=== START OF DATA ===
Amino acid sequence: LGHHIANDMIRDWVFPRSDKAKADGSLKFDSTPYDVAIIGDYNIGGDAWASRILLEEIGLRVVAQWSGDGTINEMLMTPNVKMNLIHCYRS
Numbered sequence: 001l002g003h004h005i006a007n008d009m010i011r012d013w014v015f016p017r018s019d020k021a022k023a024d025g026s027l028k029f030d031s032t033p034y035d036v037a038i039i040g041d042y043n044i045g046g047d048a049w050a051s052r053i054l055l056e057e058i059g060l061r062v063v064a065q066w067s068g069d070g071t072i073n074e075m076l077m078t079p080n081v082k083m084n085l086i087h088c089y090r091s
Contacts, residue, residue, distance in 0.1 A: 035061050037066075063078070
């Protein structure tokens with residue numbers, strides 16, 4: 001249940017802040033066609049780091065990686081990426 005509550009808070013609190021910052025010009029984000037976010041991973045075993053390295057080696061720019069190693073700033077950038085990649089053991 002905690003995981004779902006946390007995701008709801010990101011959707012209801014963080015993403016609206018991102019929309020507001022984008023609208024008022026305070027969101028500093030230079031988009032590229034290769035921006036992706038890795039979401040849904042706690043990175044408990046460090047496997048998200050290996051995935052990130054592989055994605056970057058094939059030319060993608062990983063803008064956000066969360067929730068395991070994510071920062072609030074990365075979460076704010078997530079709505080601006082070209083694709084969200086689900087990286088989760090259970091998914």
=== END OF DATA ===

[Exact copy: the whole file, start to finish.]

Amino acid sequence: LGHHIANDMIRDWVFPRSDKAKADGSLKFDSTPYDVAIIGDYNIGGDAWASRILLEEIGLRVVAQWSGDGTINEMLMTPNVKMNLIHCYRS
Numbered sequence: 001l002g003h004h005i006a007n008d009m010i011r012d013w014v015f016p017r018s019d020k021a022k023a024d025g026s027l028k029f030d031s032t033p034y035d036v037a038i039i040g041d042y043n044i045g046g047d048a049w050a051s052r053i054l055l056e057e058i059g060l061r062v063v064a065q066w067s068g069d070g071t072i073n074e075m076l077m078t079p080n081v082k083m084n085l086i087h088c089y090r091s
Contacts, residue, residue, distance in 0.1 A: 035061050037066075063078070
């Protein structure tokens with residue numbers, strides 16, 4: 001249940017802040033066609049780091065990686081990426 005509550009808070013609190021910052025010009029984000037976010041991973045075993053390295057080696061720019069190693073700033077950038085990649089053991 002905690003995981004779902006946390007995701008709801010990101011959707012209801014963080015993403016609206018991102019929309020507001022984008023609208024008022026305070027969101028500093030230079031988009032590229034290769035921006036992706038890795039979401040849904042706690043990175044408990046460090047496997048998200050290996051995935052990130054592989055994605056970057058094939059030319060993608062990983063803008064956000066969360067929730068395991070994510071920062072609030074990365075979460076704010078997530079709505080601006082070209083694709084969200086689900087990286088989760090259970091998914």